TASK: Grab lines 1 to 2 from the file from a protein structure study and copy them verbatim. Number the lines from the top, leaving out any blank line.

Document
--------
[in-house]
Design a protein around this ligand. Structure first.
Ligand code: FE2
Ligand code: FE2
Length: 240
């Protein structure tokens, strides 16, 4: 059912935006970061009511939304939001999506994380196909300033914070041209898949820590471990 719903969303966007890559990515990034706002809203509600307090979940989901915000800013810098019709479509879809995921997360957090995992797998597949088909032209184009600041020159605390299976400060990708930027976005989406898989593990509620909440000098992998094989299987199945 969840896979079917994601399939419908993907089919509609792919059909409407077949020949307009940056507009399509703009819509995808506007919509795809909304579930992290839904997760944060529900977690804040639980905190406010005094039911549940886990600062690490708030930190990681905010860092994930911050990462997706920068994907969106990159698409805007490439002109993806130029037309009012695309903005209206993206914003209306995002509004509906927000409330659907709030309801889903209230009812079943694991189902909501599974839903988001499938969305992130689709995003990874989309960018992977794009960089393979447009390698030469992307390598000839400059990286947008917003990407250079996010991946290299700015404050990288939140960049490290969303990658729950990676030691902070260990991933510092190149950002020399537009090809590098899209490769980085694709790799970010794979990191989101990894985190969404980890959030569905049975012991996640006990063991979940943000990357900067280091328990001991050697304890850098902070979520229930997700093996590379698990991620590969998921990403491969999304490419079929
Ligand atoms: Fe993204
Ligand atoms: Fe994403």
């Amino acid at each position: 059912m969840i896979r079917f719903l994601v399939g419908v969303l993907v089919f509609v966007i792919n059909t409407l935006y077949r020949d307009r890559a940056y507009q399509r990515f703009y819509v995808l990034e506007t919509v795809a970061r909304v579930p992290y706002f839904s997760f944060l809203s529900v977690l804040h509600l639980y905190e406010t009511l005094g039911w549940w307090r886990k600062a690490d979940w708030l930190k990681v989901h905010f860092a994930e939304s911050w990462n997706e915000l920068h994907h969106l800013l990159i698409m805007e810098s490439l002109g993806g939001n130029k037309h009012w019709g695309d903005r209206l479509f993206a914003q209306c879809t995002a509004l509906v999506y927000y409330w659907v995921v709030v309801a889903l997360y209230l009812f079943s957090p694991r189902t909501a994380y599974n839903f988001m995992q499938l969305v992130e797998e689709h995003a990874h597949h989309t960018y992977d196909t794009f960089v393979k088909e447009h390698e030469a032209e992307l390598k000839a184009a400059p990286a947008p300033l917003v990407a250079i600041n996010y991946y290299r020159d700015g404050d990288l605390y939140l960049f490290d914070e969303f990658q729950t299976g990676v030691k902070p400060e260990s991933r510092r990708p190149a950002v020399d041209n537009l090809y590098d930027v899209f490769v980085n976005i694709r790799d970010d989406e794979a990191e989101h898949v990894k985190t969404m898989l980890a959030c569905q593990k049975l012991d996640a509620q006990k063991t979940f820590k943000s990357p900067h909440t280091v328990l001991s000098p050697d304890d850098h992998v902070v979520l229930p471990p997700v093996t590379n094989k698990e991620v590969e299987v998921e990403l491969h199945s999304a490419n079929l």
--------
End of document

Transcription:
[in-house]
Design a protein around this ligand. Structure first.